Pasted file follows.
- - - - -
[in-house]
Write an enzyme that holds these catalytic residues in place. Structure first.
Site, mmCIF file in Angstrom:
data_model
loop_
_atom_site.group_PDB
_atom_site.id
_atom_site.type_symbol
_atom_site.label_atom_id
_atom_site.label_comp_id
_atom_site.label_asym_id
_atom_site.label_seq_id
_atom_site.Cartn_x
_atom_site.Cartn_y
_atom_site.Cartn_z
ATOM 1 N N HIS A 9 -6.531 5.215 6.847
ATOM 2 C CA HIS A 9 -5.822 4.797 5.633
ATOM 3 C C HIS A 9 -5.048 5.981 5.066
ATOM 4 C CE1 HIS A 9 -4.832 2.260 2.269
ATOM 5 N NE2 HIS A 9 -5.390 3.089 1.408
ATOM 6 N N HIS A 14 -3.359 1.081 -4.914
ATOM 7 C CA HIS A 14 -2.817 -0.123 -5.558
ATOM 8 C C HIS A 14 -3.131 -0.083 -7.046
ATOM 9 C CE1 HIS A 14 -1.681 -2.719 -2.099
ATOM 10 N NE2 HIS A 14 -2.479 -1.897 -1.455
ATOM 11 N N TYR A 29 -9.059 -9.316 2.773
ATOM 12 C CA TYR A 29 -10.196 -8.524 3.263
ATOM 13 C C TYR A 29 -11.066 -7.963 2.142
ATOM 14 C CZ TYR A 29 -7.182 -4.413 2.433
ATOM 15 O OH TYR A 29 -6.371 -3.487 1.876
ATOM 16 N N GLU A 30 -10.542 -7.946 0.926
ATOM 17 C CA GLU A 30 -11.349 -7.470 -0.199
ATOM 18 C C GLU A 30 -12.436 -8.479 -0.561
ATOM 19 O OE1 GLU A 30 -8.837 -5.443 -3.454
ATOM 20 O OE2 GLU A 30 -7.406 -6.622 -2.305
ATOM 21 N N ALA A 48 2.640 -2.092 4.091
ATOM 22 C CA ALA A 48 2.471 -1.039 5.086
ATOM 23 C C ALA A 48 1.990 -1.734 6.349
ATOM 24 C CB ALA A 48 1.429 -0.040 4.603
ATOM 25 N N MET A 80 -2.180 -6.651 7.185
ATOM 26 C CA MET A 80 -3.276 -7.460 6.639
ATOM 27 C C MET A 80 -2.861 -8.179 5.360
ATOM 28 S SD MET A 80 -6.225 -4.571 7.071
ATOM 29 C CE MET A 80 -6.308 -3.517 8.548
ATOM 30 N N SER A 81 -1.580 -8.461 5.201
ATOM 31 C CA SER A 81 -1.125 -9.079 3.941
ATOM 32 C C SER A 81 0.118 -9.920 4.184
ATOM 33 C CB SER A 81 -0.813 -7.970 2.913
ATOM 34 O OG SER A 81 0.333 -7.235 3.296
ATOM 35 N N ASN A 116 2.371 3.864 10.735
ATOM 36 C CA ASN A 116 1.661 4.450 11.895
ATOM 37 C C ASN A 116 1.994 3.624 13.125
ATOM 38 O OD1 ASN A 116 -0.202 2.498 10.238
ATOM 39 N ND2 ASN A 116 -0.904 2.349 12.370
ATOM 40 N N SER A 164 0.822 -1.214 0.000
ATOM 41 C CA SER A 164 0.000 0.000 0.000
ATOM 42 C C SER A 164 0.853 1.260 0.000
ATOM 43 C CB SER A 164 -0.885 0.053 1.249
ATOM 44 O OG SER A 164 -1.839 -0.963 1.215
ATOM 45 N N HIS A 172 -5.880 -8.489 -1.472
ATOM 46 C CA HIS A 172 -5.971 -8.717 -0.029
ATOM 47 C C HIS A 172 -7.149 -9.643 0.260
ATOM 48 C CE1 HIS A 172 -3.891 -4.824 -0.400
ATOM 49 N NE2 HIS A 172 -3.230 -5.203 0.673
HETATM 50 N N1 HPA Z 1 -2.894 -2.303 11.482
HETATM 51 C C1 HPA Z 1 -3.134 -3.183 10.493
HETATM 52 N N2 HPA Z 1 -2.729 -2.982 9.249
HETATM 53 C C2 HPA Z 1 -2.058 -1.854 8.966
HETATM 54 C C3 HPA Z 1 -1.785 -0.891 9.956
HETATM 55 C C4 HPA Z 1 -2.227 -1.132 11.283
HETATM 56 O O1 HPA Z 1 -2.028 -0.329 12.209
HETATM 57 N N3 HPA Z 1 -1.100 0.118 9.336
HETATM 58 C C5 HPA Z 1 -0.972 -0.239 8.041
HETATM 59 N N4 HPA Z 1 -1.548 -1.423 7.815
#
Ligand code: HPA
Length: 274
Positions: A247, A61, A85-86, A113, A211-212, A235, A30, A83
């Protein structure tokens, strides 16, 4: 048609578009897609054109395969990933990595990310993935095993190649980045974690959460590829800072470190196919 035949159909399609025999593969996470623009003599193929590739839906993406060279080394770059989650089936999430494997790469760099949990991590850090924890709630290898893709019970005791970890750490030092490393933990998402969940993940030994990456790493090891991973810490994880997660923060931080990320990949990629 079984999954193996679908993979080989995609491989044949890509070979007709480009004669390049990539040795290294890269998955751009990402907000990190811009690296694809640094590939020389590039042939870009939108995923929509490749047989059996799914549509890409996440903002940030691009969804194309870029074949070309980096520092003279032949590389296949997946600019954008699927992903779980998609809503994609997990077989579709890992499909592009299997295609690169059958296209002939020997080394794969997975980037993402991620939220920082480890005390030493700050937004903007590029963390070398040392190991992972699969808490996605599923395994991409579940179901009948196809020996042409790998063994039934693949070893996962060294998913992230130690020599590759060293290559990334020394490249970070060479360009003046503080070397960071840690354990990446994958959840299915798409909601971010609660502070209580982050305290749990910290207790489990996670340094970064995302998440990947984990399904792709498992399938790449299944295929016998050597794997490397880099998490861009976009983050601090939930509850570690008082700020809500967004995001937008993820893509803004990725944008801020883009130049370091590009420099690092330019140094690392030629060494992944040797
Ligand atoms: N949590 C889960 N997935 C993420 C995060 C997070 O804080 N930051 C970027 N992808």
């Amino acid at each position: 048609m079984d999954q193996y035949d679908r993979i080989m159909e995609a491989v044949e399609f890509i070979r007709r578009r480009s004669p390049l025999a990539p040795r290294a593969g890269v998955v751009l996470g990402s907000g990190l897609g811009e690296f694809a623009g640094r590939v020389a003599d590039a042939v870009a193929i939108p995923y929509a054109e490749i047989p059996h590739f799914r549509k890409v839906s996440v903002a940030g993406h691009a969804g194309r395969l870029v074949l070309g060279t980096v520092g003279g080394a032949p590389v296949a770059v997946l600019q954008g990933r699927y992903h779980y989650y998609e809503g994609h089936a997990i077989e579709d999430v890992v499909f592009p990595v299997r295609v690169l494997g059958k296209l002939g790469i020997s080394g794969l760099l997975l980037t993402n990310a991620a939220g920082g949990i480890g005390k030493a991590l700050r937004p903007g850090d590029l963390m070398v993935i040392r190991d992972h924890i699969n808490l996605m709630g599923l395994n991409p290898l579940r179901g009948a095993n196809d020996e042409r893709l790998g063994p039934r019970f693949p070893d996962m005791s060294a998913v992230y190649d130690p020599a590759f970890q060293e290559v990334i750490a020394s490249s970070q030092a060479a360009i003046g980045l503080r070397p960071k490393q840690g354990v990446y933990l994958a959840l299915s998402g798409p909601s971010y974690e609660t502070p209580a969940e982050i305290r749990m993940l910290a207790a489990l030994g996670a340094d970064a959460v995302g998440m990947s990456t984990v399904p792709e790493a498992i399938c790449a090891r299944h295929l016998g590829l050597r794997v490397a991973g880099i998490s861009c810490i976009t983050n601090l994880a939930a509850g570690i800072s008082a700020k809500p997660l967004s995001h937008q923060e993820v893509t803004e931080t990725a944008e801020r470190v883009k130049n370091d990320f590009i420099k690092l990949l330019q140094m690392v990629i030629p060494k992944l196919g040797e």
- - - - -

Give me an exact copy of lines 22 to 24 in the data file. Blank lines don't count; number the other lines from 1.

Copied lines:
ATOM 7 C CA HIS A 14 -2.817 -0.123 -5.558
ATOM 8 C C HIS A 14 -3.131 -0.083 -7.046
ATOM 9 C CE1 HIS A 14 -1.681 -2.719 -2.099